Official - Even the Cypriots Hate Cypriot Bird Trapping
The Overwhelming Majority of Cypriots Disapprove of Songbird SlaughterAlmost nine out of ten (88 per cent) of Cypriots disapprove of the illegal capture of songbirds, including robins, which are trapped each autumn and spring to be served up as expensive delicacies in local restaurants.
The market research [an opinion poll that was conducted by RAI Consultants between August 22 and 26, 2005, in which the pollsters randomly selected 568 people aged over 18, who were interviewed by telephone.], funded by the RSPB, follows a concerted programme by the Society to clamp down on illegal trappers. Field work, run in conjunction with the RSPB’s partner on the island, BirdLife Cyprus, has helped spare the lives of an estimated 20 million songbirds since autumn 2002 by encouraging enforcement authorities, including the UK forces responsible for the island’s two large UK Sovereign Base Areas (at Akrotiri and Dhekelia), to clamp down on trappers.Trapping has been illegal on Cyprus for over three decades but, despite the direct intervention of RSPB and BirdLife Cyprus, it is believed that hundreds of thousands of birds are still slaughtered every year driving a trade providing tavernas with the delicacy, ambelopoulia. It is believed that each bird can fetch nearly £2 in this lucrative market.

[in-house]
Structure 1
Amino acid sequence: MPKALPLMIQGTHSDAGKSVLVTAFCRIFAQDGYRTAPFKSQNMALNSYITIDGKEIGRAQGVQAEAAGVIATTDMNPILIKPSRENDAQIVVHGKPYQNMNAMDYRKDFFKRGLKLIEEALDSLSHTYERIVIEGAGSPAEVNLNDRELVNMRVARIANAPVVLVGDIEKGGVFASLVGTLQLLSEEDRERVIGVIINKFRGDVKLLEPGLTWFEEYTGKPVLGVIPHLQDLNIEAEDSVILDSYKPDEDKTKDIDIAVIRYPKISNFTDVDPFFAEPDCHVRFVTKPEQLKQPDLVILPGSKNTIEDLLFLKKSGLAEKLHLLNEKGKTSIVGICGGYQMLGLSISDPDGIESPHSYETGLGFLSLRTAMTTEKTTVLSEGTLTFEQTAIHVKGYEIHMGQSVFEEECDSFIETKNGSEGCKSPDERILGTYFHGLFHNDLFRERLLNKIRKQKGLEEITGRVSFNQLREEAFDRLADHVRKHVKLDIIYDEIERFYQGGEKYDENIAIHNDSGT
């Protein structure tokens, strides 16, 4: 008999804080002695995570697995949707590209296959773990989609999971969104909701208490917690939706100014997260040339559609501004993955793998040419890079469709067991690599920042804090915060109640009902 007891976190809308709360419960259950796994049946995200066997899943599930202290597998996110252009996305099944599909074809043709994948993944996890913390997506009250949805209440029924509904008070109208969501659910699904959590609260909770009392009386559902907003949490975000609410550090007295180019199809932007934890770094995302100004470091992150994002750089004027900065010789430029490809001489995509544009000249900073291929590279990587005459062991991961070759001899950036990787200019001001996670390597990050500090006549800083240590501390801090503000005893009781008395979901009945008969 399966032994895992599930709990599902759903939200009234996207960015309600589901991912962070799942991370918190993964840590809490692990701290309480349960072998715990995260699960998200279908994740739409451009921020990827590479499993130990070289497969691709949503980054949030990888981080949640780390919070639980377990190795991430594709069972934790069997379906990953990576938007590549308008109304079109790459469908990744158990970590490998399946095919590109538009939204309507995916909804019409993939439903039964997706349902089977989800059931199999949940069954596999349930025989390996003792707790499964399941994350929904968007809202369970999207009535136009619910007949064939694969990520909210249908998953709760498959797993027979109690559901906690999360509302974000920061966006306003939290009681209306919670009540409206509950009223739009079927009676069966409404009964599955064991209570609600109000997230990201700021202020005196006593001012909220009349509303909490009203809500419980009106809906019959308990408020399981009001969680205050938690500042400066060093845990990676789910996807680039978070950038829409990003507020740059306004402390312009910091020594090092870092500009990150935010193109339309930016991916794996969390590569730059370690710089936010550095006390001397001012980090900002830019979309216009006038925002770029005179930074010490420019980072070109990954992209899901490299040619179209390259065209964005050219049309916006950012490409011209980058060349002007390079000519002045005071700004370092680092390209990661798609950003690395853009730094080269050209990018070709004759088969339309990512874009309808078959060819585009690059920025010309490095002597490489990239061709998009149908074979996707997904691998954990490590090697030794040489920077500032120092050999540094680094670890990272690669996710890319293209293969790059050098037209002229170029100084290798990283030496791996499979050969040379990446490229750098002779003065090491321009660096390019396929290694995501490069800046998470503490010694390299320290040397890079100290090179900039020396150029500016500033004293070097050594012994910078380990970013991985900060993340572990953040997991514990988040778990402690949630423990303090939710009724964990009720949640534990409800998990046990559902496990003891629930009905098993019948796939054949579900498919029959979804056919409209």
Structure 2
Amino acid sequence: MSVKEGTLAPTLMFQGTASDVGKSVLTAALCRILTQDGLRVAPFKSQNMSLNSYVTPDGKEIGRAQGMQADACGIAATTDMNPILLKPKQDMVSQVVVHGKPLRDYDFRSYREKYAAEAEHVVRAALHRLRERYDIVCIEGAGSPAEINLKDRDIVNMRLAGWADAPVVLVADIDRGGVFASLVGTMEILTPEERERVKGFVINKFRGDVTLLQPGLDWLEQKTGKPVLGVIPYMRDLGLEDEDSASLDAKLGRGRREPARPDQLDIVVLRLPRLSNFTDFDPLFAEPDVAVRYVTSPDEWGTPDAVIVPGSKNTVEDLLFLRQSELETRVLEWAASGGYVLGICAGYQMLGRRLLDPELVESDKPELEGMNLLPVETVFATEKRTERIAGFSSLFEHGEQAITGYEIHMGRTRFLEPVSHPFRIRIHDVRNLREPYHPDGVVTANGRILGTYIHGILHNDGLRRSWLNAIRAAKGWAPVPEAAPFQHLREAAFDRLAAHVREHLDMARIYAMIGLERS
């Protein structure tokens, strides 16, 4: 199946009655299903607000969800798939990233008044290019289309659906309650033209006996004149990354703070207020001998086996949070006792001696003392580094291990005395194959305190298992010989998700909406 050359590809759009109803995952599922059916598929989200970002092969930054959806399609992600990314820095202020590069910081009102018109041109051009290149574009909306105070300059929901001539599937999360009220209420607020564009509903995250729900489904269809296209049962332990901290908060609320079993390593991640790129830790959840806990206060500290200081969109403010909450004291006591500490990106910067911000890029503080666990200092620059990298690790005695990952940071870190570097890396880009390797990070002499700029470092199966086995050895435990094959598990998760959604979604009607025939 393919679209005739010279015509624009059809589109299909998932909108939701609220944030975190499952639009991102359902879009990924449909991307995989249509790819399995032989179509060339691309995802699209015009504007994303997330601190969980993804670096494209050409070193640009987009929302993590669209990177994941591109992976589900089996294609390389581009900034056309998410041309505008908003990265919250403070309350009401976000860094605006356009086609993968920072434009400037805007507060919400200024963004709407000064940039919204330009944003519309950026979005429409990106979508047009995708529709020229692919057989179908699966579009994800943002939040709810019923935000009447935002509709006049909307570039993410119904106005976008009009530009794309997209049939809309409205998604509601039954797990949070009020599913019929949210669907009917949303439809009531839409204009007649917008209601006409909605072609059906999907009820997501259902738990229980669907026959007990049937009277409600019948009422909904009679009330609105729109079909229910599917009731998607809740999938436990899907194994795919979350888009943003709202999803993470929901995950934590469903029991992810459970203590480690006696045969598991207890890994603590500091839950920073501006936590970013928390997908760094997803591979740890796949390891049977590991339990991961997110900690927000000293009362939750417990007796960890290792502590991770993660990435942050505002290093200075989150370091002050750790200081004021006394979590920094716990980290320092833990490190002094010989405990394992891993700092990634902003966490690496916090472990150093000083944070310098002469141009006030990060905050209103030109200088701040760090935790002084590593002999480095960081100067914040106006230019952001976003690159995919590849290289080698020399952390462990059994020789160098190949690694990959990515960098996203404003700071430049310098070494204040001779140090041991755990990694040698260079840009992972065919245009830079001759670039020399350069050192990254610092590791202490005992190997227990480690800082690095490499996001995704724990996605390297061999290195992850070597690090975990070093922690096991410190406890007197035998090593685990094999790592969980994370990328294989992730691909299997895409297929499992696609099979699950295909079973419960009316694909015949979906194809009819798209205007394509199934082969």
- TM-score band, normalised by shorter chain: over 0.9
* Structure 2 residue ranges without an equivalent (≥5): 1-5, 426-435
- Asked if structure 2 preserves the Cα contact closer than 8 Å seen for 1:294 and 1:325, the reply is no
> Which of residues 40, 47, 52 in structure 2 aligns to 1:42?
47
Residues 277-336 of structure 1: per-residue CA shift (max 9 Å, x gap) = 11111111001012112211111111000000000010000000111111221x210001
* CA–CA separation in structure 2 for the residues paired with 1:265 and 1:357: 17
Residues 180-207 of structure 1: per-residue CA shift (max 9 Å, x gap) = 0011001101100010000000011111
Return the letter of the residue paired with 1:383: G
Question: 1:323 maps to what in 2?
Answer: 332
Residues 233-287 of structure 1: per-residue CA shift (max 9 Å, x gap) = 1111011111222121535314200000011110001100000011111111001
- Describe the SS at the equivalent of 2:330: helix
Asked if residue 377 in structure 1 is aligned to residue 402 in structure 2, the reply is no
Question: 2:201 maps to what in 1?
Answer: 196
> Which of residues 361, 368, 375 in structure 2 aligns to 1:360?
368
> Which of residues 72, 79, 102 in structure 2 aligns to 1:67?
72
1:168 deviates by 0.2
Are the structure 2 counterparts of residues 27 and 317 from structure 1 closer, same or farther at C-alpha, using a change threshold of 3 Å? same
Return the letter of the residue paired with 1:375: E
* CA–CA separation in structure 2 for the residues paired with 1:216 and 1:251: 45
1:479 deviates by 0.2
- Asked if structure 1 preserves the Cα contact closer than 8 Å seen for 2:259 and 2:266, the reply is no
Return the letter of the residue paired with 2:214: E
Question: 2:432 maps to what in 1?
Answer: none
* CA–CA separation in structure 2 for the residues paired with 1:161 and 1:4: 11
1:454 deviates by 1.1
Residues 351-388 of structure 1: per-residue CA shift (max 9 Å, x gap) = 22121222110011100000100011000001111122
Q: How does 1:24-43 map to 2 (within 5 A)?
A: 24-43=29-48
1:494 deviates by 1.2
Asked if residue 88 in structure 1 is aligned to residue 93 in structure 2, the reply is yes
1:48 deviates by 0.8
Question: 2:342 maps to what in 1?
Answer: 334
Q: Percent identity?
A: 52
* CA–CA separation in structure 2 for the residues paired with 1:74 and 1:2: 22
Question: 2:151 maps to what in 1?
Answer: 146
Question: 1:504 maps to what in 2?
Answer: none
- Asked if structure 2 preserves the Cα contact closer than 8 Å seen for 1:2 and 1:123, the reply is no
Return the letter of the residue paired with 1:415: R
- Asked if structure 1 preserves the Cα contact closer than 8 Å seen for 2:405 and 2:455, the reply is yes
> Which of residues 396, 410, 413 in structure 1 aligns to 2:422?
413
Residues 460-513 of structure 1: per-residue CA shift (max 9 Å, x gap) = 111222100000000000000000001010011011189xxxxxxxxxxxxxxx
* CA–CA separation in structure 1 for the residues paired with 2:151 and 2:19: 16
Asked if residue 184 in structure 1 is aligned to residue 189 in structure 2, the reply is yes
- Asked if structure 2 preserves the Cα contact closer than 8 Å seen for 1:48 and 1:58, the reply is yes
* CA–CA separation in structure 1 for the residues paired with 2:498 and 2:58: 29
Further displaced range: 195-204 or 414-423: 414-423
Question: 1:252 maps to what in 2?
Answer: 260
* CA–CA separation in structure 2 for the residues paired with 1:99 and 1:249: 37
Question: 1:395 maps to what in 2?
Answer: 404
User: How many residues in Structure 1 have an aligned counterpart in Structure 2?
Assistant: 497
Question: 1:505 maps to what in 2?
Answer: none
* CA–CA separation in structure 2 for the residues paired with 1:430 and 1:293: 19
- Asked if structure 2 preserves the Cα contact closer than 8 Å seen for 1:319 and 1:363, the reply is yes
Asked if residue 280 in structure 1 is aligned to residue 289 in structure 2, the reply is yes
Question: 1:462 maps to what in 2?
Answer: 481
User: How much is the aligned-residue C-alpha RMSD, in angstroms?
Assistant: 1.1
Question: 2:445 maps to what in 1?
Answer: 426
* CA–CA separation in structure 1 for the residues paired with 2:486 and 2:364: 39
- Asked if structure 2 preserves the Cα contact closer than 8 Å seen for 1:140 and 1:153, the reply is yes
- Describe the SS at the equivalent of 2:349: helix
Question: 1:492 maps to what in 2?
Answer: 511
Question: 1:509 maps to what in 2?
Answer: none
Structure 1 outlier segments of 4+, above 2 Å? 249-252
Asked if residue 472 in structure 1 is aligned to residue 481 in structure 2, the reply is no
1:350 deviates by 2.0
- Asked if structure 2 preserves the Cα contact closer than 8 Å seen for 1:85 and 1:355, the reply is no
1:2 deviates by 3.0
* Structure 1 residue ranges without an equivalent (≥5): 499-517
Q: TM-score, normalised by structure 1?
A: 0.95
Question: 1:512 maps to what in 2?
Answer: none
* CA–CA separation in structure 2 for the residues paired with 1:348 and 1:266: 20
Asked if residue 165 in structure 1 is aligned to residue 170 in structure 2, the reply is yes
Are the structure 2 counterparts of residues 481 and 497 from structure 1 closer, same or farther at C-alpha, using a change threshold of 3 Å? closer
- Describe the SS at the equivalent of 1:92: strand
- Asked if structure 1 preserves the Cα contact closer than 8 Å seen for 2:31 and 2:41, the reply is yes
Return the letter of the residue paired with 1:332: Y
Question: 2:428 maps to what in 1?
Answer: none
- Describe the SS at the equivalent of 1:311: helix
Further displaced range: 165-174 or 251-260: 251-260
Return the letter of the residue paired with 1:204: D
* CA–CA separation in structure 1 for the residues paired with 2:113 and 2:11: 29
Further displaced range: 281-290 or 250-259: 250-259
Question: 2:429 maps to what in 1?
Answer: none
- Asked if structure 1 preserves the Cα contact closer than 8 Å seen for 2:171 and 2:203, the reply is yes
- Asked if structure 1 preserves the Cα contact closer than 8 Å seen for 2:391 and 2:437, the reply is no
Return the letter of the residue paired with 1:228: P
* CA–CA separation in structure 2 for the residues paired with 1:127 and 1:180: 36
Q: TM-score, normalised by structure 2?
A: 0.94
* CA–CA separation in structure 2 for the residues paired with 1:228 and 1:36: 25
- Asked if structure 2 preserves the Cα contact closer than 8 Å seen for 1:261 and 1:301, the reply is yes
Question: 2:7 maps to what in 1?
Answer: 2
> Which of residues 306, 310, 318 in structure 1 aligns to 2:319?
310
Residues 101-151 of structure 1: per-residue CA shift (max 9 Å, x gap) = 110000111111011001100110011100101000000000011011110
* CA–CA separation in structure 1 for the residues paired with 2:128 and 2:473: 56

Graham Wynne, the RSPB’s Chief Executive, said: “It is clear that illegal bird trapping must cease. The majority of islanders, strongly supported by the Cypriot government, clearly want this practice to end. Regrettably, the activities of a tiny minority of die-hard isolated hunters continue to bring shame on the island and one of the European Union’s newest members. Bird trapping on Cyprus is an emotive issue for many of the RSPB’s one million members and has been a long-running campaign for the Society. The thought that bird trapping on Cyprus is drawing towards a long-overdue demise will bring much satisfaction to the thousands who have sought its cessation.”Research shows that up to 100 species of birds are regularly killed by bird trappers. Robin and blackcap, a sparrow-sized warbler, are among the most common targets. Indiscriminate trappers, using lime sticks and mist nets, also kill other birds, including owls and bee-eaters, regularly. The Cyprus Government and BirdLife Cyprus are officially launching a joint anti-bird trapping publicity campaign, including the distribution of a leaflet prepared jointly by BirdLife Cyprus, the Game Fund and police.
The market research shows that demand for ambelopoulia is still strong. Half of those polled have tried the delicacy and around one in seven (14 per cent) regard ambelopoulia as their favourite bird dish. Two per cent of islanders claim to eat the dish regularly.Martin Hellicar, of BirdLife Cyprus, said: “With the demand still strong, we want no let-up in the clampdown on illegal trapping, tough action against restaurants serving ambelopoulia and truly deterrent penalties imposed by courts for bird-trapping offences.”
When Cyprus joined the European Union on 1 May 2004, the majority of bird hunting became illegal under the European Union Birds Directive.
4th July 2014